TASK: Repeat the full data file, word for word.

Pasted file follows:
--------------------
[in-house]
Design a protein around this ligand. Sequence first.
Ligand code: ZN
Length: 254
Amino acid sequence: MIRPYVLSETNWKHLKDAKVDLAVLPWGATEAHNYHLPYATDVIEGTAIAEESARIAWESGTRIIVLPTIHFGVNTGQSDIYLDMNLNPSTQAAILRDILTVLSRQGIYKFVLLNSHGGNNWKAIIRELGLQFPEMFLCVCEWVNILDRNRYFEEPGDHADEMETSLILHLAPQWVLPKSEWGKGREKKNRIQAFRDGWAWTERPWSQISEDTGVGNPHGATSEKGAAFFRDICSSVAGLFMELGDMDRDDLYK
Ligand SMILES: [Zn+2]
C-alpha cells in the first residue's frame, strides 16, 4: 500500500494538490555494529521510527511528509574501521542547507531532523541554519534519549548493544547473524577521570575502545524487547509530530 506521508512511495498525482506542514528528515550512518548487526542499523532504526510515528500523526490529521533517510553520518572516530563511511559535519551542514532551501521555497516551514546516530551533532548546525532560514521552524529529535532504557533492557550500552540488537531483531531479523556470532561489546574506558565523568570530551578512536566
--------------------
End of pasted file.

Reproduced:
[in-house]
Design a protein around this ligand. Sequence first.
Ligand code: ZN
Length: 254
Amino acid sequence: MIRPYVLSETNWKHLKDAKVDLAVLPWGATEAHNYHLPYATDVIEGTAIAEESARIAWESGTRIIVLPTIHFGVNTGQSDIYLDMNLNPSTQAAILRDILTVLSRQGIYKFVLLNSHGGNNWKAIIRELGLQFPEMFLCVCEWVNILDRNRYFEEPGDHADEMETSLILHLAPQWVLPKSEWGKGREKKNRIQAFRDGWAWTERPWSQISEDTGVGNPHGATSEKGAAFFRDICSSVAGLFMELGDMDRDDLYK
Ligand SMILES: [Zn+2]
C-alpha cells in the first residue's frame, strides 16, 4: 500500500494538490555494529521510527511528509574501521542547507531532523541554519534519549548493544547473524577521570575502545524487547509530530 506521508512511495498525482506542514528528515550512518548487526542499523532504526510515528500523526490529521533517510553520518572516530563511511559535519551542514532551501521555497516551514546516530551533532548546525532560514521552524529529535532504557533492557550500552540488537531483531531479523556470532561489546574506558565523568570530551578512536566